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Super Bowl Metrodome
Super Bowl Metrodome

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Super Bowl XLVII in pictures: four days at the world's greatest shrine to football

"Can you take a picture of us?"

If I had a nickel for every time someone asked me that while I was in New Orleans this past week, I'd quite possibly be a millionaire. As hundreds of thousands of people converged on the Big Easy for the incredible back-to-back combination that is the Super Bowl and Mardi Gras, everyone wanted to document their trip. With good reason, too: the Super Bowl is a spectacle that must be seen to be believed.

From the hectic Media Day to the cavernous NFL Fan Experience to the always-raucous Bourbon Street scene, New Orleans really is a city like no other. I went down for this year's game, plus a few days before, to see just what really goes into the event that every year breaks its own record as the most-watched event in the history of television.

Super Bowl XLVII was the first in New Orleans since Hurricane Katrina, and in some ways felt like the city's re-introduction to the world. As much as the festivities and events centered on football, they were also distinctly about New Orleans: instead of Kiss and the Black Keys playing at the various concert venues around town, it was Trombone Shorty and a string of local jazz bands. There was crawfish and alligator being served everywhere you looked, including at the game itself. Tostito's, whose ads you couldn't avoid if you tried, made terrible jokes like "We kneaux how to party." There were more Drew Brees jerseys and "Who Dat?" chants than you could count.

The most striking thing about the Super Bowl is just how big it is. Not the game crowd — though 71,024 people made a lot of noise in the stadium — but the size of the festivities, and the sheer number of people who made their way to New Orleans to take part. The NFL Fan Experience, basically a convention center-sized theme park devoted to football games, funny simulations, and autograph seeking, somehow managed to hide a full-sized football field in the back so well that I didn't find it when I first tried. It's like Disney World for football: exciting characters everywhere for you to take pictures with, lots of food and rides and attractions, and you spend pretty much the whole day waiting in line. But also like Disney World, it's very much a magical place.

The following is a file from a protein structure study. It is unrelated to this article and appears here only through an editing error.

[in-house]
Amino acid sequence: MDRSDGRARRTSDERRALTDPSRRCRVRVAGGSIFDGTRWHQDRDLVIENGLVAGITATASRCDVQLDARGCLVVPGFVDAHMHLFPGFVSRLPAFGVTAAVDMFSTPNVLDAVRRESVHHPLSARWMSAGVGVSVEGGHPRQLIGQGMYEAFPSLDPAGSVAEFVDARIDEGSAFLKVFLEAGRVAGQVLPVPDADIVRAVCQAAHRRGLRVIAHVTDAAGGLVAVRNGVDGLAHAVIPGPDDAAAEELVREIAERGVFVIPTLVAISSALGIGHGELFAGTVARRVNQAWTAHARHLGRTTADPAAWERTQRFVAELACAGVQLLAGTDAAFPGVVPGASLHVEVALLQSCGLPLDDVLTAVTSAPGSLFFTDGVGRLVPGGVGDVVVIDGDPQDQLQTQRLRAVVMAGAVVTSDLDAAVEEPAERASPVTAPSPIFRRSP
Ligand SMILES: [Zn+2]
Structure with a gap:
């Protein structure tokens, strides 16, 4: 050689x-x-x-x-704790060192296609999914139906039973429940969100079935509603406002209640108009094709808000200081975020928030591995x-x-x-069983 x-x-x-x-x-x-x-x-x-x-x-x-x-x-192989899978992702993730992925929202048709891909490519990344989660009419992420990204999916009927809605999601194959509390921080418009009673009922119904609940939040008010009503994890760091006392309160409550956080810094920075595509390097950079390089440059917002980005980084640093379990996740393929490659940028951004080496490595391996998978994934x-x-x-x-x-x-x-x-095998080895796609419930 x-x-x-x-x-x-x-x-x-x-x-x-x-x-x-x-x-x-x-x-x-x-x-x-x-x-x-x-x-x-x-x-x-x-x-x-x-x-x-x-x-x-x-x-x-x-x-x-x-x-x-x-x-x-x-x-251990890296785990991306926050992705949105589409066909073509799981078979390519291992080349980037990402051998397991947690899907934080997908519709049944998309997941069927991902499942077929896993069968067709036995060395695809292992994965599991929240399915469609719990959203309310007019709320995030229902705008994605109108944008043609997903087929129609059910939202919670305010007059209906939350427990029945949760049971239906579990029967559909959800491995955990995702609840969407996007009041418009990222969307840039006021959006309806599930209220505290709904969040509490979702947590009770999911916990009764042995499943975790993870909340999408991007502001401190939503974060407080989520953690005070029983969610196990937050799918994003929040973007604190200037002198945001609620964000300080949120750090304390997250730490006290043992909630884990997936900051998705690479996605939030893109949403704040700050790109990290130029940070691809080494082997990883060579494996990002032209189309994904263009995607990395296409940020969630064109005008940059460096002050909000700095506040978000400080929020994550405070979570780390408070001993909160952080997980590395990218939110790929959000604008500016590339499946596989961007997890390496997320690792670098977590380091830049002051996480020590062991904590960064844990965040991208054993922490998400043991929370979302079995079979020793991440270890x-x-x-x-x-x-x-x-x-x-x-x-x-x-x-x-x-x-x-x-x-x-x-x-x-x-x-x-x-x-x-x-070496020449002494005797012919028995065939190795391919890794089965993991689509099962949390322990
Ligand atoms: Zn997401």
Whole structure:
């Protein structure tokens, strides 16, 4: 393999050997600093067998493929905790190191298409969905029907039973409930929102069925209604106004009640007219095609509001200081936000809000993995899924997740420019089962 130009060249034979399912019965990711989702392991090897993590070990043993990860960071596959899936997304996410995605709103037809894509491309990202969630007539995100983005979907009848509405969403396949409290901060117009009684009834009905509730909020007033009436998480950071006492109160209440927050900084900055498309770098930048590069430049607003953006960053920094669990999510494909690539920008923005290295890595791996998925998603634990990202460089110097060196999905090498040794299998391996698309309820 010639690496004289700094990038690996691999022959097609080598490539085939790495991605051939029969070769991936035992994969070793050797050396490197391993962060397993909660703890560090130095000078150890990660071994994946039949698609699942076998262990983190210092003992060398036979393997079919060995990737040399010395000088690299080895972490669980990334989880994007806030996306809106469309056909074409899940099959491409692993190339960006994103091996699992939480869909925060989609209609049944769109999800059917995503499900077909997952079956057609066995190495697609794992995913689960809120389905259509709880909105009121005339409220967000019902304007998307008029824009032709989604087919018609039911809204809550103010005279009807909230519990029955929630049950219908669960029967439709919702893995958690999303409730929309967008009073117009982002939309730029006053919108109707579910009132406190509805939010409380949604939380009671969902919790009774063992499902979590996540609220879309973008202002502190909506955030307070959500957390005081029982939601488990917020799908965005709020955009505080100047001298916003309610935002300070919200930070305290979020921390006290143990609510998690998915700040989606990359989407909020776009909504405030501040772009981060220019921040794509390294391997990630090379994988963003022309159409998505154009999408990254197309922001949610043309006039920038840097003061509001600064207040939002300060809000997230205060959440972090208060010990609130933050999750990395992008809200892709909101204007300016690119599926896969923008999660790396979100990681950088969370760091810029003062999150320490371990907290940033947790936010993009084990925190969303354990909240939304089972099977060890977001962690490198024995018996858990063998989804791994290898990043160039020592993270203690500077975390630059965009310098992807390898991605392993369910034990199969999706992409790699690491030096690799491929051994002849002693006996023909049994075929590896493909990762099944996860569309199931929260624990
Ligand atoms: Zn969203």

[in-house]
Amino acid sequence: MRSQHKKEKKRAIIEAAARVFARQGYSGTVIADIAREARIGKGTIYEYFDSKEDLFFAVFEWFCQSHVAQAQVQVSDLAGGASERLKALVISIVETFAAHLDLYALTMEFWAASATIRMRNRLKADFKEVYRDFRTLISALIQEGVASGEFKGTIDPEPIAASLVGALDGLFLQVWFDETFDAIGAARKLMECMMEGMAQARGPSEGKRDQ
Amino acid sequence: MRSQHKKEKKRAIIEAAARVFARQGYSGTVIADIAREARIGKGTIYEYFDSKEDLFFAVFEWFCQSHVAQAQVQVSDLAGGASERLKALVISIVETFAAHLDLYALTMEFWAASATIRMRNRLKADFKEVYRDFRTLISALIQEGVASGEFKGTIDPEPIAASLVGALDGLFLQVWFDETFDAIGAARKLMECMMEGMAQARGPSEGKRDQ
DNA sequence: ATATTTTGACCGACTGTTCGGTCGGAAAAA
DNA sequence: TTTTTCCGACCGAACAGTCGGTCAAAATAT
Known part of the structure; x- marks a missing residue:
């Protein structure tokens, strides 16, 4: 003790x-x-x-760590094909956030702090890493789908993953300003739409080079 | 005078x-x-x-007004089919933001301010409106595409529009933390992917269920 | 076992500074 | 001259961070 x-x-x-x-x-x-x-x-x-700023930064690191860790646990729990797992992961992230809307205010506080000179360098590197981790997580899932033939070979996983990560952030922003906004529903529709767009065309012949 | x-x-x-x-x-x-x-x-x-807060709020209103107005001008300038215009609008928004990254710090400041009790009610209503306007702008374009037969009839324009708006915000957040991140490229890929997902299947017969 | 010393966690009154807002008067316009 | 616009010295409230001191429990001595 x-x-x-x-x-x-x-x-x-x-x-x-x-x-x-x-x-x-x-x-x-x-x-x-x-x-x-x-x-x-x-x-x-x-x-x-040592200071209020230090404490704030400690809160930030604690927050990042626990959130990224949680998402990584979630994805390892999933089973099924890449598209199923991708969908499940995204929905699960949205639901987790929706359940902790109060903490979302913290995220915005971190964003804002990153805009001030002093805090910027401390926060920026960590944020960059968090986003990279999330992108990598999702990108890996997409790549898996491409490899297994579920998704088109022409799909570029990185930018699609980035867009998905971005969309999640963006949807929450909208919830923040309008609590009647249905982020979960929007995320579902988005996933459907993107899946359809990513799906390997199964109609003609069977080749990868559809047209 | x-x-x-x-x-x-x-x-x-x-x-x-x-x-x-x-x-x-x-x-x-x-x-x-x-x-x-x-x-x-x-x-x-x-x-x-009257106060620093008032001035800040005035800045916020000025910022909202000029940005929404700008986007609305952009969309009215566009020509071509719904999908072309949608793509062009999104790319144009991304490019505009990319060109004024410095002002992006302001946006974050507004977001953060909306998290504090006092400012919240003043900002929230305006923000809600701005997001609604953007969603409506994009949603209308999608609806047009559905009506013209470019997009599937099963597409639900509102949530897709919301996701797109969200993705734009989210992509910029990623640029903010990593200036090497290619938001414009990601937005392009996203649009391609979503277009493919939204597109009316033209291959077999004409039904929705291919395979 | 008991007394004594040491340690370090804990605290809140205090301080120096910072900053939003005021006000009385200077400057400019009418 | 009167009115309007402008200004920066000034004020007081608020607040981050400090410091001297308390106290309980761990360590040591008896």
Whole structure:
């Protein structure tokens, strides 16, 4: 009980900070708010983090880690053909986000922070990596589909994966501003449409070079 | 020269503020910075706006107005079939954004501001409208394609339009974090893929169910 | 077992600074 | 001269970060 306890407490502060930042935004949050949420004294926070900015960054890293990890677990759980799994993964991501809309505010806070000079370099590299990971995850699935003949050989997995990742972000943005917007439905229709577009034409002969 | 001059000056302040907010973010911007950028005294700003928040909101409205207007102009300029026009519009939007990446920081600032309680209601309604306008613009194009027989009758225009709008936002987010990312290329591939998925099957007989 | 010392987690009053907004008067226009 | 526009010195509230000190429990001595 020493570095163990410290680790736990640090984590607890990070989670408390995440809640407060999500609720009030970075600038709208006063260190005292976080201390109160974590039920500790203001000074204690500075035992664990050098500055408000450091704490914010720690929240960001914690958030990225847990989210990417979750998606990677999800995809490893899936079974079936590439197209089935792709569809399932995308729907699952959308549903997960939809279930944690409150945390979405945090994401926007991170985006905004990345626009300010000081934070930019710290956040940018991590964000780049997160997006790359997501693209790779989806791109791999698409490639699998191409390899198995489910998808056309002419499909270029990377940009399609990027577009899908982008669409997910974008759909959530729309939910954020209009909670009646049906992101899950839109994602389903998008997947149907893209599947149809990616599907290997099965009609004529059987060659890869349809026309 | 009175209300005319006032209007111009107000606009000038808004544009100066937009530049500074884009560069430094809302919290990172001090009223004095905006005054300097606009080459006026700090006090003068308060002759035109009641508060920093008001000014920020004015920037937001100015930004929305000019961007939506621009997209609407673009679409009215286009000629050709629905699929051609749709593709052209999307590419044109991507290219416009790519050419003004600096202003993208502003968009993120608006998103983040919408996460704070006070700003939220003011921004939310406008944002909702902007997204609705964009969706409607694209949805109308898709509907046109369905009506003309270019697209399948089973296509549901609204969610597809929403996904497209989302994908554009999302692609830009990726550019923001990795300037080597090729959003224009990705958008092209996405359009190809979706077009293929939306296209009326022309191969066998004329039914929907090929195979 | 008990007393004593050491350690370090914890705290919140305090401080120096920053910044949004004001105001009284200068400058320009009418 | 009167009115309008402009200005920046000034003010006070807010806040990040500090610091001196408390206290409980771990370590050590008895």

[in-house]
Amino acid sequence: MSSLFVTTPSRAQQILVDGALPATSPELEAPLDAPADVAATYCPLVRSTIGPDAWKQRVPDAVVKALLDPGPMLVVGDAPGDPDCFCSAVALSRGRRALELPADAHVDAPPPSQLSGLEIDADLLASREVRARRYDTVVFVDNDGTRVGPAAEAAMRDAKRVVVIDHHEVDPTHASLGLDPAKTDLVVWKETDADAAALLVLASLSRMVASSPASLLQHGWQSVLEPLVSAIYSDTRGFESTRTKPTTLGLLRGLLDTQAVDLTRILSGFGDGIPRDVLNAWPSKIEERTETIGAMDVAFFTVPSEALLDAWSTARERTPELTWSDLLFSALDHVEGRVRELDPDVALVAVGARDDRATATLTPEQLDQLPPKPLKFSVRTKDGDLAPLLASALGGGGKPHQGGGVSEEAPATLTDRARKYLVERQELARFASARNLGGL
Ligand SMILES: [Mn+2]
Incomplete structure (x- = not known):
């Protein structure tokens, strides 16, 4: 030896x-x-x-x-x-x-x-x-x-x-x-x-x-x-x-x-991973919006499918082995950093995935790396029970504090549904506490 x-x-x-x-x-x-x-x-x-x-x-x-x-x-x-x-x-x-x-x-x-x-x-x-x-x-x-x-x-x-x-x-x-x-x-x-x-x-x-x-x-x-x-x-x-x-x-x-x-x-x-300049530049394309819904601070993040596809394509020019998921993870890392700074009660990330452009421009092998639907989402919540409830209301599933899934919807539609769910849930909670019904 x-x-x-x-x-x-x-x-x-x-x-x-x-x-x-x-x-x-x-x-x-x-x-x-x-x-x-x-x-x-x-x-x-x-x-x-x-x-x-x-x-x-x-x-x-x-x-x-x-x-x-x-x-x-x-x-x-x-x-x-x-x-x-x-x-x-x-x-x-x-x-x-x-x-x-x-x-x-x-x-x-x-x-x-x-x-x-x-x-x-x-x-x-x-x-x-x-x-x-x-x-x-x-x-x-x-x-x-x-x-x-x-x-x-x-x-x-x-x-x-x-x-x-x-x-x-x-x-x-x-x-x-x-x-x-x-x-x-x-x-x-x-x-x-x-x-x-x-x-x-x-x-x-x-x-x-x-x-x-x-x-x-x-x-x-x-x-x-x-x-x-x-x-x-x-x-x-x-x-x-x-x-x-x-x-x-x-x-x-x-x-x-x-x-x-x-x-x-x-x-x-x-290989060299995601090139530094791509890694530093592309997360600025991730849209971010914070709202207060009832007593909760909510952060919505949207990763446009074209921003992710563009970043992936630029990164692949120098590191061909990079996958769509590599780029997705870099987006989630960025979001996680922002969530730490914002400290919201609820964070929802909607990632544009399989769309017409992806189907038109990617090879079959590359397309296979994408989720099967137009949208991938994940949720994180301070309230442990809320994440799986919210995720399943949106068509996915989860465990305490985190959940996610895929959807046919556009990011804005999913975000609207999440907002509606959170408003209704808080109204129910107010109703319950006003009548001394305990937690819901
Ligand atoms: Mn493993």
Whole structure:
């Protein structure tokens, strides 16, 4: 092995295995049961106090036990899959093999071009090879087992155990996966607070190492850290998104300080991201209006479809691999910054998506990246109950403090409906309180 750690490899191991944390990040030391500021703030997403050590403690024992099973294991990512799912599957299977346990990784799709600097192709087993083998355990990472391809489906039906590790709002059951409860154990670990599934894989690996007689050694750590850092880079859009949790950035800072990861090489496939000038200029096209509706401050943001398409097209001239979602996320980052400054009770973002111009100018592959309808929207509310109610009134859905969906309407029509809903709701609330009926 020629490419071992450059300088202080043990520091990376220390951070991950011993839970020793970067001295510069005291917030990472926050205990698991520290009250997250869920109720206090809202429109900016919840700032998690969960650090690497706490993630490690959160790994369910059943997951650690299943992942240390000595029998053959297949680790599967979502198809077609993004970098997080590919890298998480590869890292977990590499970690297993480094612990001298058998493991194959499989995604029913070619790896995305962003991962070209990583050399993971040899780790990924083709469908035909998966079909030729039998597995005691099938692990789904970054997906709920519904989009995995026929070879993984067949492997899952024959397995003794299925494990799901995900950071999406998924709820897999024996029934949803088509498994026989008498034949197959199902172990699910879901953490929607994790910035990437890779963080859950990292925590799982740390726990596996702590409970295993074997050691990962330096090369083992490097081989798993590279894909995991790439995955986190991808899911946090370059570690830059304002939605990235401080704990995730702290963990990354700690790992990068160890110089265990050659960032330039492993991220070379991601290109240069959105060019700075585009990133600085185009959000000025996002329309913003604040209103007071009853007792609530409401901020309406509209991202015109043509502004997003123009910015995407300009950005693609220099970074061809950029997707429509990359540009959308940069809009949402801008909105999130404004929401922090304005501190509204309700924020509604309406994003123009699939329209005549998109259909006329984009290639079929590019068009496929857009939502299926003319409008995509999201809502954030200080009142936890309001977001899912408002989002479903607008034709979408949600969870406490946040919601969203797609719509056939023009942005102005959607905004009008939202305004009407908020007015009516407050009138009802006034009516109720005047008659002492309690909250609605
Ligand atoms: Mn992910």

It's Disney World for football fans

Then there's the game itself. The game watched by more than a hundred million people, and streamed to millions more. When we watch the game on Sunday, it's designed to be seamless and perfect – though this year had a bit of a bumpy ride — and there have been thousands of people here, from CBS and its competitors, making sure for weeks and months that everything went just right. It was CBS's year to broadcast the game, and the network went all out: it took over Jackson Square, in downtown New Orleans, and turned it into a five-set venue for shows from The Talk and Craig Ferguson to Rome and the CBS Evening News. It was designed as something of a re-launch for the CBS Sports Network, and the company promoted it hard, even going so far as to pay people to go into bars and say "hey, can you change the channel to CBS Sports?" You have to pull out all the stops when ESPN, Fox Sports, and the NFL Network were all right down the road.

Over four days leading up to the Super Bowl, I toured New Orleans to see how the Super Bowl is made, and what happens when hundreds of thousands of loud, proud football fans get together to party. And somewhere in there, I'm pretty sure they played a football game.

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